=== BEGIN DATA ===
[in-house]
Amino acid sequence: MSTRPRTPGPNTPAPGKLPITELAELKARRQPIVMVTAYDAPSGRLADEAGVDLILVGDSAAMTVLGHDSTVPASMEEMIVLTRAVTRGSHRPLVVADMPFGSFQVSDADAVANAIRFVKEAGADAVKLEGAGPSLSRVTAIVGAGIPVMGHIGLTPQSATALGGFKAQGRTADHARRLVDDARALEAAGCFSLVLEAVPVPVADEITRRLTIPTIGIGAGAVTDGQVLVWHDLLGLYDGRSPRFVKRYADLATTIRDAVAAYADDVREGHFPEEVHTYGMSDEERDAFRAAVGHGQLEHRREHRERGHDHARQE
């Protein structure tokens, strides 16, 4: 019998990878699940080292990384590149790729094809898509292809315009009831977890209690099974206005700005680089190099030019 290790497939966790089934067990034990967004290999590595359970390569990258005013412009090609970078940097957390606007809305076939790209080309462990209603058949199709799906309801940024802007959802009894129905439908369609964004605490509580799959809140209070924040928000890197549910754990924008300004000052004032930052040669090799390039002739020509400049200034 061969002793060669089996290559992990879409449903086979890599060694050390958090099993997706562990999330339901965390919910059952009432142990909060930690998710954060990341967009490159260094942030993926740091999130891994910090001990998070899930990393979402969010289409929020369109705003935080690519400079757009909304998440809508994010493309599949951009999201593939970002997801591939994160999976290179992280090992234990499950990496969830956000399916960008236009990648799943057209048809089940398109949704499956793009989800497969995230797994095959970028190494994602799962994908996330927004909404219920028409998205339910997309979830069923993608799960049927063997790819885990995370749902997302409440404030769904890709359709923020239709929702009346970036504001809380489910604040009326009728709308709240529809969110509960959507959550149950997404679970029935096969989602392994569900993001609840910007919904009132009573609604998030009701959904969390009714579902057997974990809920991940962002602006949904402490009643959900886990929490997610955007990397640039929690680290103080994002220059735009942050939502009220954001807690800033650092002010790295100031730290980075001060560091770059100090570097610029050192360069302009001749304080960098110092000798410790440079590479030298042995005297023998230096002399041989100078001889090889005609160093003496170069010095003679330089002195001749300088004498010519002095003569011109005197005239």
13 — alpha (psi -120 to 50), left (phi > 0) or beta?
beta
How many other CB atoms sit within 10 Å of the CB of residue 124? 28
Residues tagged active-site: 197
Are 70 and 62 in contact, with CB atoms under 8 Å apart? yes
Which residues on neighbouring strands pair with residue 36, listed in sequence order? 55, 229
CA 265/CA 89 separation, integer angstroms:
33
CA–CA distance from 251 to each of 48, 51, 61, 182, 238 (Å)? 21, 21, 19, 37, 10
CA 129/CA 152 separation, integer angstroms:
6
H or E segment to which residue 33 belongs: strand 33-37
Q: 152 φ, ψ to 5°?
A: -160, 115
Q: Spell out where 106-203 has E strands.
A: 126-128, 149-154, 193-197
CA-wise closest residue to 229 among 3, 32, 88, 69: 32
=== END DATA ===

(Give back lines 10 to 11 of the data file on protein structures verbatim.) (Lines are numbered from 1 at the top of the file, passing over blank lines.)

CA 265/CA 89 separation, integer angstroms:
33